During a downturn in the economy it may seem like all sectors public and private are hit evenly, but among the first to feel the brunt are poorer school districts. The government typically slashes budgets on education spending when times get tough, which according to an article by Huffington Post, causes impoverished school districts to feel the pinch more than their affluent counterparts.
In total, 26 states are planning to spend less on their students next year compared with the previous year, and a total of 35 states are spending less than they did when the Great Recession officially hit in 2008. A study of the poorest city in America, Reading (part of The Reading School District in Pennsylvania), demonstrates just how badly the downturn can affect the students there. It’s now facing a $43 million deficit and 13% less teachers than it had before. And of those teachers who remain, many are teaching in fields of study that they are not familiar with due to a lack of available teachers for each subject.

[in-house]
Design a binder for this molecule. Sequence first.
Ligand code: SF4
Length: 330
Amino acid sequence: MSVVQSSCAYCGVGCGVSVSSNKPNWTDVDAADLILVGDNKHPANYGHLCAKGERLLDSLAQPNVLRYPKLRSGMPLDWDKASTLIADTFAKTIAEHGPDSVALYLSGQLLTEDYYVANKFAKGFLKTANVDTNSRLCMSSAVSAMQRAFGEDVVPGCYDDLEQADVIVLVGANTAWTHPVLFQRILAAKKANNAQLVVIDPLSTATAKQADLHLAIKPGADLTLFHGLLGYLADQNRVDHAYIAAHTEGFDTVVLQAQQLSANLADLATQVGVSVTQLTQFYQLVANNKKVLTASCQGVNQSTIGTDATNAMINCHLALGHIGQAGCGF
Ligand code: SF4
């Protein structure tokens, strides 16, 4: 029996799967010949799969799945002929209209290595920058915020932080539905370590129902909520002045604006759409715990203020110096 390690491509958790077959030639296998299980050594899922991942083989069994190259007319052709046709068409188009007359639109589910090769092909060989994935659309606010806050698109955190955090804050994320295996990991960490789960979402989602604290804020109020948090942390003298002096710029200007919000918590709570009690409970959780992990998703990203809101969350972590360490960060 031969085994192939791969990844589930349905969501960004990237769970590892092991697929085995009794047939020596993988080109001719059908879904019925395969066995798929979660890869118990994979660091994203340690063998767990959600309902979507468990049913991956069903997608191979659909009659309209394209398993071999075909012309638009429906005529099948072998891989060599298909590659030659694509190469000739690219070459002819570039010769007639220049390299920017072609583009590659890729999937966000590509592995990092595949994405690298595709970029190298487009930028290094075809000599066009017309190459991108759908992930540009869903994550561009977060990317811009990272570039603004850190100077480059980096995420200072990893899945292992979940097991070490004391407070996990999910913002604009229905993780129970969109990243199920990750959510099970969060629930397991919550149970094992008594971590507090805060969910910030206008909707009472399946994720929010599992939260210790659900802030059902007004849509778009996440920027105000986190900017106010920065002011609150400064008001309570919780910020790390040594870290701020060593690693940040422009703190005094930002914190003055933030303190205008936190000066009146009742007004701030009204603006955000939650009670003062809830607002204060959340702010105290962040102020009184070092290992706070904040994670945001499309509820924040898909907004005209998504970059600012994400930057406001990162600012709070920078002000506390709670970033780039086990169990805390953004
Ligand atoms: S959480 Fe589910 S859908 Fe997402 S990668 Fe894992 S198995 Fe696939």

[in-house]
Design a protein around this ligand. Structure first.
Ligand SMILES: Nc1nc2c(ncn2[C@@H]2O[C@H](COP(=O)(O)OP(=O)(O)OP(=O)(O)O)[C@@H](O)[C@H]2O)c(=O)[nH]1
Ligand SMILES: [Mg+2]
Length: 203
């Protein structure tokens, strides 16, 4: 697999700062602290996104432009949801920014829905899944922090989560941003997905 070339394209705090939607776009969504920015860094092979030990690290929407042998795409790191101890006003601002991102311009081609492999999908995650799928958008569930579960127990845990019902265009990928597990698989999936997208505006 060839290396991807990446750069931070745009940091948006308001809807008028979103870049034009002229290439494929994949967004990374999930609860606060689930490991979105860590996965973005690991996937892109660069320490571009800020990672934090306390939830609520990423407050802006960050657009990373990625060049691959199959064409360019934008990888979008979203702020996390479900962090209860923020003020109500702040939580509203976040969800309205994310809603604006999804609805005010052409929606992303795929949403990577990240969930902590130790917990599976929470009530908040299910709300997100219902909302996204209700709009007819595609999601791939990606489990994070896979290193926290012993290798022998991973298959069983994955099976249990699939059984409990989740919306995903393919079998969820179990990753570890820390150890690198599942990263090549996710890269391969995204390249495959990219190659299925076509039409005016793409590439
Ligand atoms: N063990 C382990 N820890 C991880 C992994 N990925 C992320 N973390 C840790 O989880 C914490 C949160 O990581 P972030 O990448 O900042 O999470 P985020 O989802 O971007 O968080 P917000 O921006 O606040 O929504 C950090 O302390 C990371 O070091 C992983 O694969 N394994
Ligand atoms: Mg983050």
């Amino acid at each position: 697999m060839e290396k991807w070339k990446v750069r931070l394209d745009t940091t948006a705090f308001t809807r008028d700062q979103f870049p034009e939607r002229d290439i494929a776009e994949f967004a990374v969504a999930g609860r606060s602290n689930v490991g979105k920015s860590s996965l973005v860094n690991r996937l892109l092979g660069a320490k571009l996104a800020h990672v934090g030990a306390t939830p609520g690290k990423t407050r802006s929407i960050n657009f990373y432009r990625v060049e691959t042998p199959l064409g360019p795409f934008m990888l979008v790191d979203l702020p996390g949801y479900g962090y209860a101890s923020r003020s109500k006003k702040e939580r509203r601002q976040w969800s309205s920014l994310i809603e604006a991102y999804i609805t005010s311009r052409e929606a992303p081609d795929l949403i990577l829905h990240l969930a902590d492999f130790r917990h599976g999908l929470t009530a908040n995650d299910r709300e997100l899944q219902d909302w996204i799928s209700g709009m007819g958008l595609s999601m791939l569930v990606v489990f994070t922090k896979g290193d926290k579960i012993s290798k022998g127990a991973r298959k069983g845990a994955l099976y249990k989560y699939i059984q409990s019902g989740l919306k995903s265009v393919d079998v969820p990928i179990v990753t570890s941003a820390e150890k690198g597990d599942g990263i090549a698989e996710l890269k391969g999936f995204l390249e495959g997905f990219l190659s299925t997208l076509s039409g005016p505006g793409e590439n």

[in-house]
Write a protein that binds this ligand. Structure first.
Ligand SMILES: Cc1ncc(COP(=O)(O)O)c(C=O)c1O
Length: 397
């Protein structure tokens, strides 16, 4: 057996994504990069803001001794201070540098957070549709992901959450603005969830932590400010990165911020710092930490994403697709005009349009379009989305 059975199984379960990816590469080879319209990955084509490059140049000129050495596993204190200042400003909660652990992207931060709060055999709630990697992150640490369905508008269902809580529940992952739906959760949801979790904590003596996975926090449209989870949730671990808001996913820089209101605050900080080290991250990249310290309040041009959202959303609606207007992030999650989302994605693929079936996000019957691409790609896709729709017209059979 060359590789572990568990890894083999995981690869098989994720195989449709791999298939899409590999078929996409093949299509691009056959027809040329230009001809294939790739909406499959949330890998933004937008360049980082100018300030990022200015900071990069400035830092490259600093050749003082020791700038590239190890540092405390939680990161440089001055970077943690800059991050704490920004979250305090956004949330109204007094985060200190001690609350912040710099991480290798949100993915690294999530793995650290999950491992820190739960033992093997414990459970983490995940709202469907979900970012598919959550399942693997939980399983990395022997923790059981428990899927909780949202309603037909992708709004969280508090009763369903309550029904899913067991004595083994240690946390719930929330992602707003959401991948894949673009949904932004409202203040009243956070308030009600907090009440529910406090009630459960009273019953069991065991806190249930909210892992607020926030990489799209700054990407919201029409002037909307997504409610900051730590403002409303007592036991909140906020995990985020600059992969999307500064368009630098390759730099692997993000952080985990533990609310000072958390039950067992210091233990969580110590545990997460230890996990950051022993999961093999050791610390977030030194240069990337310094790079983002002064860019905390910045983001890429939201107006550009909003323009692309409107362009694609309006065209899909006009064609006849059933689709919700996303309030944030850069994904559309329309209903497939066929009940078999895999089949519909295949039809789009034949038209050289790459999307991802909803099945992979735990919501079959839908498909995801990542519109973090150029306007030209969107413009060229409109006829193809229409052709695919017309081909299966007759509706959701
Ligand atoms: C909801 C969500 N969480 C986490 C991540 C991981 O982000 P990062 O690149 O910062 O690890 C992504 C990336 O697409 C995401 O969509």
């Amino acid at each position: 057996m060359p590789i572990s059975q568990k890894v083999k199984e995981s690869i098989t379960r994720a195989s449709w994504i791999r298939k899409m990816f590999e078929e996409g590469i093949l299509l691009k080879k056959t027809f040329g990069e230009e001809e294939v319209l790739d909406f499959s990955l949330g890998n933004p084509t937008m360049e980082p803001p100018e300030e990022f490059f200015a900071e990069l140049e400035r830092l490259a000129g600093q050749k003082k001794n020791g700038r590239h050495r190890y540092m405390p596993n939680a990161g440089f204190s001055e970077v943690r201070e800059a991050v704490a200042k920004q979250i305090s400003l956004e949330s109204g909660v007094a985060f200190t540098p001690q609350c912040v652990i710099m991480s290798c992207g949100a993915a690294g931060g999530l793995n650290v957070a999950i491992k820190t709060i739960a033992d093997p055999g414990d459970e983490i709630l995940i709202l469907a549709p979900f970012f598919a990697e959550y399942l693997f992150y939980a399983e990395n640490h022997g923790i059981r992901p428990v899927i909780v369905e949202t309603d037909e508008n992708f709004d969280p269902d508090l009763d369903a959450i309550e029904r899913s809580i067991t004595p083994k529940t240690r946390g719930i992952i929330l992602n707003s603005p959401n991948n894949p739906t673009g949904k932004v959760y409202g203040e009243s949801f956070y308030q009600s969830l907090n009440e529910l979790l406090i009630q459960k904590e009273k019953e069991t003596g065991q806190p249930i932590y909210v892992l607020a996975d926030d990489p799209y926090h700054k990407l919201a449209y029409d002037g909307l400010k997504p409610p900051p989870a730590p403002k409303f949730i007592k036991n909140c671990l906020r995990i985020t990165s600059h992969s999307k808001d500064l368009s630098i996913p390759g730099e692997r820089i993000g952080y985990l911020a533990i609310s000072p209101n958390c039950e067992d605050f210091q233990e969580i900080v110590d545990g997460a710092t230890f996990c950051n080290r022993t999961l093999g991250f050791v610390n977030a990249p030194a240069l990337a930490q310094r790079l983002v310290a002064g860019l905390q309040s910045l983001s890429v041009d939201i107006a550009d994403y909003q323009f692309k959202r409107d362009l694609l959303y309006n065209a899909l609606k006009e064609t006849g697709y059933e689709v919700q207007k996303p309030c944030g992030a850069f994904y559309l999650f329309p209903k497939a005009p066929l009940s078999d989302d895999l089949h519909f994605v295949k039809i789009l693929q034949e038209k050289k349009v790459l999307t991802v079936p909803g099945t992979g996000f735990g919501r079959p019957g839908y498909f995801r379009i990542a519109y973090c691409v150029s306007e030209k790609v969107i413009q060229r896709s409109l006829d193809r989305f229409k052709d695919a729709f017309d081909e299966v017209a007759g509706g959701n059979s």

And here’s another telling excerpt from the article:
“Because of an outdated tax-based funding model, scholars say, it’s the poorest regions that feel these cuts the hardest, making it even more difficult for America’s poor to attain a better quality of life. Some advocates say it would be fairer to fund schools entirely out of state or federal coffers, insulating the finances of a public school from the relative poverty or prosperity of its locale. States have begun to move that way, but not sufficiently, they say.”
Experts say that because school funding is determined by an outdated tax code, certain schools in the Reading School District can only spend $7,572 per student compared to $10,633 in a wealthier part of town where homes are more expensive and property tax revenues are higher.
[source: Huffington Post]